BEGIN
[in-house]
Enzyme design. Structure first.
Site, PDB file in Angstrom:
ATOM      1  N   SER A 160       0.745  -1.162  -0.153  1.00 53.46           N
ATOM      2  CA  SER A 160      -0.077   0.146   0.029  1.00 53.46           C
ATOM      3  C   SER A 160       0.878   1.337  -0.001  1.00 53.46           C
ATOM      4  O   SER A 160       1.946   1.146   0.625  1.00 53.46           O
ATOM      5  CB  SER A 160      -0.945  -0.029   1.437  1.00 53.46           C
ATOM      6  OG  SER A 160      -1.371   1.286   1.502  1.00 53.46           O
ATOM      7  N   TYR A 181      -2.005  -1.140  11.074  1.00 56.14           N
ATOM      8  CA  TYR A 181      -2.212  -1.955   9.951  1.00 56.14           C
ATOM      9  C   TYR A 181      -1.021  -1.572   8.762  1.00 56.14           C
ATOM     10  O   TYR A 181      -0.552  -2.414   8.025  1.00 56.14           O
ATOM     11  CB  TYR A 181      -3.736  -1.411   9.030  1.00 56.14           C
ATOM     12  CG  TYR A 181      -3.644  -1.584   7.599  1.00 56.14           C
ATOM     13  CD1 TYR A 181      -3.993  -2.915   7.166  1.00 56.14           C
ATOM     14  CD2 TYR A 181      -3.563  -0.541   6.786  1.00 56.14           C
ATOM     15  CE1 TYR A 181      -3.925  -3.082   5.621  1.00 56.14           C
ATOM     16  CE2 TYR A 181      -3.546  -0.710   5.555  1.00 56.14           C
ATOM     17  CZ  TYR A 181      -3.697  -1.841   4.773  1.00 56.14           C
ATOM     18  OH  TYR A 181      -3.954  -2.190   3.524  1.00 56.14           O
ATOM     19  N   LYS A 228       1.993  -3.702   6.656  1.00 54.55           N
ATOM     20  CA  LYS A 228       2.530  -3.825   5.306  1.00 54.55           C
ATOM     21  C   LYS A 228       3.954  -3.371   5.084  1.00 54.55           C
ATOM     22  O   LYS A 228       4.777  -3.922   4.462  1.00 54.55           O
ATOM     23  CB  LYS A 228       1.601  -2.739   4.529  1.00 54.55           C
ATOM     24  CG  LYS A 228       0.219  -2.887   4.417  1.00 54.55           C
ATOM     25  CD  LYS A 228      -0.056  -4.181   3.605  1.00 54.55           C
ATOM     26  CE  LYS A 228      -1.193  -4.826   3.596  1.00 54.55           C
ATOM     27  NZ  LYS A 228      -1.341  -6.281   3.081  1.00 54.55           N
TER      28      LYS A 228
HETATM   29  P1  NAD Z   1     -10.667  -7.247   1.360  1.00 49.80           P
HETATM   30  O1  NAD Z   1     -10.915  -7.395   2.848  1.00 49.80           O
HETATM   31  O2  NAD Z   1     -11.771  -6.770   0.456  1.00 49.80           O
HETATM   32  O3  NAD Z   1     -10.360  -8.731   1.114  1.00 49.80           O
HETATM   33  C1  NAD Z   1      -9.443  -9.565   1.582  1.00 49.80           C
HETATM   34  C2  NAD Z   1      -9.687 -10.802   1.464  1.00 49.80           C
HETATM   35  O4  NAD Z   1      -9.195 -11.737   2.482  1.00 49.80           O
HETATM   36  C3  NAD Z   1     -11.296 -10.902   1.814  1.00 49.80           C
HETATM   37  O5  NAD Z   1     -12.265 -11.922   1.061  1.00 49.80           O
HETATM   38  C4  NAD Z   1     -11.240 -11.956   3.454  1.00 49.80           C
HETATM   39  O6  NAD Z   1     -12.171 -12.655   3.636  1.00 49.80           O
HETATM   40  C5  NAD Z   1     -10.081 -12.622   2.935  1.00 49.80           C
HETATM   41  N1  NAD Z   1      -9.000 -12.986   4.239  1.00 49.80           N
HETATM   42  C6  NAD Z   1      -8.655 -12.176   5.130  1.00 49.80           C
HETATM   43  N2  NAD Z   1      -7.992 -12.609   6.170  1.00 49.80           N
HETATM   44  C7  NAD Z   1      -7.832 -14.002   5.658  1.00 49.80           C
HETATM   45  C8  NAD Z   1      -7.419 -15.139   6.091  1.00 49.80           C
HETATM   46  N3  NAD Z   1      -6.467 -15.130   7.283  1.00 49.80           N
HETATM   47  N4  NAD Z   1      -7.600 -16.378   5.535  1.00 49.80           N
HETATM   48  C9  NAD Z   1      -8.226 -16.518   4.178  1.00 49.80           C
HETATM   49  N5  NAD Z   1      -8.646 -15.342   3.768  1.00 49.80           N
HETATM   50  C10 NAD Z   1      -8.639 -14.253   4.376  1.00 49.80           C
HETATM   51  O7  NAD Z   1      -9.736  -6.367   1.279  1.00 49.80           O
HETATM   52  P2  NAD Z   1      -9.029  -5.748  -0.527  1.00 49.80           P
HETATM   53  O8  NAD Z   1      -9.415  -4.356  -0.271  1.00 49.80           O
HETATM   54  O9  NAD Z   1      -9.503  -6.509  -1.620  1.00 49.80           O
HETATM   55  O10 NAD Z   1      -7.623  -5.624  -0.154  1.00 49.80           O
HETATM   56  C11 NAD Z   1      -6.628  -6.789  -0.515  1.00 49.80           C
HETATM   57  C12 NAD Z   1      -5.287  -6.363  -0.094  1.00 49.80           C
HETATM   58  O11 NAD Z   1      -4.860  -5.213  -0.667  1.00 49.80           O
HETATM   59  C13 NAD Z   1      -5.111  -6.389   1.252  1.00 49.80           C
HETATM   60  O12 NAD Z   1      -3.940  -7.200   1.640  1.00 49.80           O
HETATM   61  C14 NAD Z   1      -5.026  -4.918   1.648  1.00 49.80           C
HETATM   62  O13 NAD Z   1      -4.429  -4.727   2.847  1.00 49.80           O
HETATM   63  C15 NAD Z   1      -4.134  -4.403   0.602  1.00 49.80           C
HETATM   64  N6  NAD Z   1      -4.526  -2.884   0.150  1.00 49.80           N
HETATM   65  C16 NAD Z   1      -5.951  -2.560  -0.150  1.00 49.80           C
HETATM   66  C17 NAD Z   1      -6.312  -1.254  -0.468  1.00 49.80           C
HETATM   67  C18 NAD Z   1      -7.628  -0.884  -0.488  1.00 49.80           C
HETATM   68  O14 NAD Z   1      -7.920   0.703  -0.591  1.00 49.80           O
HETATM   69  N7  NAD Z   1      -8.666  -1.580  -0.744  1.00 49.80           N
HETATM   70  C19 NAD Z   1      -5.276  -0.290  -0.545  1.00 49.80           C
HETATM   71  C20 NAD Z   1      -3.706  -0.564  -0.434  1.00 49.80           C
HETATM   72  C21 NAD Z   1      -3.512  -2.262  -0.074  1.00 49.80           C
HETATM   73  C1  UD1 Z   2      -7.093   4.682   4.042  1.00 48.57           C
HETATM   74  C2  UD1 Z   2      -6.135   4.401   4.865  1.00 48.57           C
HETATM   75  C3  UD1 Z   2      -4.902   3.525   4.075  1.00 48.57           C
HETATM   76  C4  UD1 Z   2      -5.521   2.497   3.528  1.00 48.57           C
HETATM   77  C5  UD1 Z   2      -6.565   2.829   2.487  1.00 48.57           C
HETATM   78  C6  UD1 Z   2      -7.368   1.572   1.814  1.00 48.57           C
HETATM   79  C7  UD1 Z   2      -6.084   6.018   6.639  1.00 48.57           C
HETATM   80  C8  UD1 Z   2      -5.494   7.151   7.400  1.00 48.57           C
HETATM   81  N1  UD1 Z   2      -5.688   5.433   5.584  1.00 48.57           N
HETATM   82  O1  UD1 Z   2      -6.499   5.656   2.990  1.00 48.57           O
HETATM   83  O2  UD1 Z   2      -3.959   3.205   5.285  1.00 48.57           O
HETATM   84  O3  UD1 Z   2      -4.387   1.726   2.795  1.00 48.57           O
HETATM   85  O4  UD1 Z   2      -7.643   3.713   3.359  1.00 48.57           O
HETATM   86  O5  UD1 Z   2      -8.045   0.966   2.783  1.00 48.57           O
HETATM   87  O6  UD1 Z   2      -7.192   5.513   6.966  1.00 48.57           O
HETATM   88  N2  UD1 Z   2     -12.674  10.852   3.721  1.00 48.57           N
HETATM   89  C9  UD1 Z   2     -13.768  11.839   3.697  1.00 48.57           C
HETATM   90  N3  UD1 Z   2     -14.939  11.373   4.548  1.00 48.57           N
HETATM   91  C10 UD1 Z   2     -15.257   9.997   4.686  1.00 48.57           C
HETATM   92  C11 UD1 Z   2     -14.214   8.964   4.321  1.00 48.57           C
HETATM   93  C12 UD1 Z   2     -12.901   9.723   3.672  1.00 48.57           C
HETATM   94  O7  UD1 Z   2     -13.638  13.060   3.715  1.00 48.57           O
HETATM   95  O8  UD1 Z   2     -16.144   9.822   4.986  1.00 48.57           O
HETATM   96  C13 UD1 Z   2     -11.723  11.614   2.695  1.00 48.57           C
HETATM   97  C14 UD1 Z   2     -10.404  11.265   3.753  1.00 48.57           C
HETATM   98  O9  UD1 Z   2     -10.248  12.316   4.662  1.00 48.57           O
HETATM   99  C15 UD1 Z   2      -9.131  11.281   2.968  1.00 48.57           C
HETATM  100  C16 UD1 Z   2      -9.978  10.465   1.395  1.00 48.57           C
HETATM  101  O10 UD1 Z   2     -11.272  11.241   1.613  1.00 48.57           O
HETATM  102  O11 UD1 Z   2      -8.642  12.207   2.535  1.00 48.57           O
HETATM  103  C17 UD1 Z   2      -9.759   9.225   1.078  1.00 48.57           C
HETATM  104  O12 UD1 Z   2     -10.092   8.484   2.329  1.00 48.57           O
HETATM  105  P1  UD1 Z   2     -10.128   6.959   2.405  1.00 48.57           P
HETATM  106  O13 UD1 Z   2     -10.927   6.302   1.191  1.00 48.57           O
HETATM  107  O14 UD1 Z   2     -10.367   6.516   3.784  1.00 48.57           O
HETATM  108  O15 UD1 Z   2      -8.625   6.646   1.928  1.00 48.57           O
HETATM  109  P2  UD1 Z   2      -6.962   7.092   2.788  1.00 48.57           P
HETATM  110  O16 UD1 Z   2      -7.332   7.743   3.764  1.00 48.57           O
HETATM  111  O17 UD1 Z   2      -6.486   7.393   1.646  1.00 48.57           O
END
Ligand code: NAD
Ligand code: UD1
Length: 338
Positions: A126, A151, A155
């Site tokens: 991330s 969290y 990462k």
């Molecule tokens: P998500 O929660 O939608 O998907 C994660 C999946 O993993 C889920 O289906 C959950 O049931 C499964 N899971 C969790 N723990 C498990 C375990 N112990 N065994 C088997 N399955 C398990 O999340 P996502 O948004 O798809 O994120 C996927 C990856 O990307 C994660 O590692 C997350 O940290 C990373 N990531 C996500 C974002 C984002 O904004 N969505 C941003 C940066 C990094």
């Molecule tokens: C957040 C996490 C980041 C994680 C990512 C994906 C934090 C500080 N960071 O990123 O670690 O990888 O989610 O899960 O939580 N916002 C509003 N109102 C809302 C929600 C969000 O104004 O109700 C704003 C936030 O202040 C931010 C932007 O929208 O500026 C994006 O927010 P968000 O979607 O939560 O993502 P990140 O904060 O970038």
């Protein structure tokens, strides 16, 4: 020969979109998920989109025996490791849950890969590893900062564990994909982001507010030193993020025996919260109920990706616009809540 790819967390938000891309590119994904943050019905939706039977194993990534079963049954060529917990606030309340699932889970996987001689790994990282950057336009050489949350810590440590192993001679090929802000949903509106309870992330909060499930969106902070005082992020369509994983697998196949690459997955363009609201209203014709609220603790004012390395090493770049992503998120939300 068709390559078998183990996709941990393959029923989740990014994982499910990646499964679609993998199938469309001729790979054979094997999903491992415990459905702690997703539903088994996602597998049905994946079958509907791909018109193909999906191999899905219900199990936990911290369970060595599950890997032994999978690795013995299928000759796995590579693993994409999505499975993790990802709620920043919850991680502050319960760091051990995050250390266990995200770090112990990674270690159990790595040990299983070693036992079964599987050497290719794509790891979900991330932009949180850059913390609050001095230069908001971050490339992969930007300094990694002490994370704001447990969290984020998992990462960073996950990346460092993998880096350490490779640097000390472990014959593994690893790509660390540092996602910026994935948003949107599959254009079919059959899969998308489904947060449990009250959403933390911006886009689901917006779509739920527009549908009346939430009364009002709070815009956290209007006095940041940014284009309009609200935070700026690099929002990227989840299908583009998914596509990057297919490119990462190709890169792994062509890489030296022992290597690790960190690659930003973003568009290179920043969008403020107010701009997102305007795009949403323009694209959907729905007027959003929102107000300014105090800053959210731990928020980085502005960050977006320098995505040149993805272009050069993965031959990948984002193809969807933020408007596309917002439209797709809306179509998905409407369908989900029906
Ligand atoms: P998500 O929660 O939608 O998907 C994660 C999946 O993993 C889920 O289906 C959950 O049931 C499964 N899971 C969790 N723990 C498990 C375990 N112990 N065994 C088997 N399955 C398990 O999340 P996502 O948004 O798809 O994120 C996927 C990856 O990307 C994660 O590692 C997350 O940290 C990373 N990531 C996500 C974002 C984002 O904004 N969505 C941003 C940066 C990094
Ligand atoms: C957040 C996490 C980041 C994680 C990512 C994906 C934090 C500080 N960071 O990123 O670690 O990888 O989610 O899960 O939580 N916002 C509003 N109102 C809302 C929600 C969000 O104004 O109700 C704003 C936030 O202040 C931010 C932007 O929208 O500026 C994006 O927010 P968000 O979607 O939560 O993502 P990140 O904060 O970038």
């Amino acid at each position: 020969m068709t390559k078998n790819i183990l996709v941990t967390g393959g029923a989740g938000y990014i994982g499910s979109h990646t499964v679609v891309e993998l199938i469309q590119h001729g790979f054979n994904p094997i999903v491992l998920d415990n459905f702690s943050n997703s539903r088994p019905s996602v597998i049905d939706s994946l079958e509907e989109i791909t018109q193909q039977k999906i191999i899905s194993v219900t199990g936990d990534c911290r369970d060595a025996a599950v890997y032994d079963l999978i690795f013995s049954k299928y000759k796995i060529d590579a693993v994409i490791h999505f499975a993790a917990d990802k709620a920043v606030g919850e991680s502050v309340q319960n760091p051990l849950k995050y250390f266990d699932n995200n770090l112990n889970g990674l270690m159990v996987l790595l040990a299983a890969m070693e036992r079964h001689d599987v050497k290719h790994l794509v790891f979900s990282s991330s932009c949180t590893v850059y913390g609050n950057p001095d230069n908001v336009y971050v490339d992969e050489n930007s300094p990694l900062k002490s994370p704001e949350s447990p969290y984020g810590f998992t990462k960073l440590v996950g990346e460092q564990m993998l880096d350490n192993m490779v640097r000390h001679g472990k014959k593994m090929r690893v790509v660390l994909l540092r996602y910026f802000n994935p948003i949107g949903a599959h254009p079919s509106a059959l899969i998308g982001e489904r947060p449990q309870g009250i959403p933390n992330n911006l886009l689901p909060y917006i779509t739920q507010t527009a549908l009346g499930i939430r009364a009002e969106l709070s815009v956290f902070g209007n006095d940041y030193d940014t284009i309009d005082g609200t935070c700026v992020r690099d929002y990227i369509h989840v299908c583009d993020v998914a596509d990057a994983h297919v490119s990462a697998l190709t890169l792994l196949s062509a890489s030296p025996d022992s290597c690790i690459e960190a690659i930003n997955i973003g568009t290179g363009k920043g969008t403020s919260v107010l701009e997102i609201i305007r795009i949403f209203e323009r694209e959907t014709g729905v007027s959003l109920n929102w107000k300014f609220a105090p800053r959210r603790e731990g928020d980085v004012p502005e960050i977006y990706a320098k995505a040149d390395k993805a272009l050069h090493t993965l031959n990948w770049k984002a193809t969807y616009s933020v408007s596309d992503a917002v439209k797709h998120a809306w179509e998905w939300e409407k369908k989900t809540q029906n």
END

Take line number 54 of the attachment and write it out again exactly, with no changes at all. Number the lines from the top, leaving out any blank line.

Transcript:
HETATM   51  O7  NAD Z   1      -9.736  -6.367   1.279  1.00 49.80           O